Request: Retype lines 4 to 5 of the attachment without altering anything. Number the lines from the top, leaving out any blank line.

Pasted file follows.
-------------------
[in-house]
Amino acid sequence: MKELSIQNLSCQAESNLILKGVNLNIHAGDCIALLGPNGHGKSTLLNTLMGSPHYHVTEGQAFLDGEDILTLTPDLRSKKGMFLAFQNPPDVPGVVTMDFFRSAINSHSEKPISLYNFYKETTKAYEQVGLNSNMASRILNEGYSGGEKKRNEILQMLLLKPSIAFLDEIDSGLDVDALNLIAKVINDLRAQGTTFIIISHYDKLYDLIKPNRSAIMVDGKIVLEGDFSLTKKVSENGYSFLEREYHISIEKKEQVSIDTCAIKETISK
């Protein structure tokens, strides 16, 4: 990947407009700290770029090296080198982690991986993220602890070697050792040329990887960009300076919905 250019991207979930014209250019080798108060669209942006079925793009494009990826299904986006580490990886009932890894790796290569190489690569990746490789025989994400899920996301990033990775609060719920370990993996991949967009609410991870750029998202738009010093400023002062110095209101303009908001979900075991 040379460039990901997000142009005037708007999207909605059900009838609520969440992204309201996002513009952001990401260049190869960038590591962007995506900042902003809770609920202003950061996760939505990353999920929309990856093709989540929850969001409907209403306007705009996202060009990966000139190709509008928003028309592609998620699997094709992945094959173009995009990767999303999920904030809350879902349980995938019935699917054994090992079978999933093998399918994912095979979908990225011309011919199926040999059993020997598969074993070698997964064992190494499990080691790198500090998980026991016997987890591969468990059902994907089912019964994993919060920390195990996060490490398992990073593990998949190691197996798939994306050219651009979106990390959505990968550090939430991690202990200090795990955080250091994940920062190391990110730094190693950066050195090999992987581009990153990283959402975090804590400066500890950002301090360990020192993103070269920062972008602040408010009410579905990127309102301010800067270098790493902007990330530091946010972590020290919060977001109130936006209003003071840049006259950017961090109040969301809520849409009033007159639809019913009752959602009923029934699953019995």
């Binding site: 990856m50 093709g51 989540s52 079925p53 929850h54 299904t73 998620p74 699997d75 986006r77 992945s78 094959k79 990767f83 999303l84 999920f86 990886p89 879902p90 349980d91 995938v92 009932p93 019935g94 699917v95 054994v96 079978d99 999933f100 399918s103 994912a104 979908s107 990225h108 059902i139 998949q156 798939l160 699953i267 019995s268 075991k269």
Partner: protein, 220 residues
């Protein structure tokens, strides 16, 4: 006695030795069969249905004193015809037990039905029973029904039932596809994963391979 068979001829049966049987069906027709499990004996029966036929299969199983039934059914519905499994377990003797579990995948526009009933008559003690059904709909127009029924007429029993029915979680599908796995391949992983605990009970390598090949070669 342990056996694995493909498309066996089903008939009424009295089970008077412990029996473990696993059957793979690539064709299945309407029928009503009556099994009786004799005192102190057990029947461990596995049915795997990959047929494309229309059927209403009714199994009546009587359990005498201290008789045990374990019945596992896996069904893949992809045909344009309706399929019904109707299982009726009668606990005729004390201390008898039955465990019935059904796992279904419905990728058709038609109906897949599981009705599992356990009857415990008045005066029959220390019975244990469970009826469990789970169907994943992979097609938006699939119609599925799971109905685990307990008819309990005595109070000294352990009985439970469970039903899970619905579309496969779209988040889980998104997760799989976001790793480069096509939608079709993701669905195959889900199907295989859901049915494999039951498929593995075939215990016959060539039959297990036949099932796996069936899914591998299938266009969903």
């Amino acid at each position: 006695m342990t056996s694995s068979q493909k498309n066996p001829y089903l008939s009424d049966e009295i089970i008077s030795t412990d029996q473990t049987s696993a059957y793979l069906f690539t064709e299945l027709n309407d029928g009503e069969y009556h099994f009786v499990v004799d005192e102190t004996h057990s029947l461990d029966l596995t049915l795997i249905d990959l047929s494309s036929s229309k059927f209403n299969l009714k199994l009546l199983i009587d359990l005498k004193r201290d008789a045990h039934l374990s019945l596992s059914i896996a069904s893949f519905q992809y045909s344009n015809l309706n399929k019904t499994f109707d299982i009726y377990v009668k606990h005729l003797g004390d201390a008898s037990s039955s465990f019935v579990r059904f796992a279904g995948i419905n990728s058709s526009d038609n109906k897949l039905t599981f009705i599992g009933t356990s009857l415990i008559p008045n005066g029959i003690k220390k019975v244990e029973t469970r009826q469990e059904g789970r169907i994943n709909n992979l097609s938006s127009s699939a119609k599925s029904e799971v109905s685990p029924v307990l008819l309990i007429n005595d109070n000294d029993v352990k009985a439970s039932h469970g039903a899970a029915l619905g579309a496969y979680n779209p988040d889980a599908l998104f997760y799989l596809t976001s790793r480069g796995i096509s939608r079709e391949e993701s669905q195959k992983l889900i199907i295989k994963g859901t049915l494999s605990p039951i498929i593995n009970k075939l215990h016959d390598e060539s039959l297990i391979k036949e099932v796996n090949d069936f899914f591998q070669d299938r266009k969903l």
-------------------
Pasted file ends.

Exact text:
């Binding site: 990856m50 093709g51 989540s52 079925p53 929850h54 299904t73 998620p74 699997d75 986006r77 992945s78 094959k79 990767f83 999303l84 999920f86 990886p89 879902p90 349980d91 995938v92 009932p93 019935g94 699917v95 054994v96 079978d99 999933f100 399918s103 994912a104 979908s107 990225h108 059902i139 998949q156 798939l160 699953i267 019995s268 075991k269």
Partner: protein, 220 residues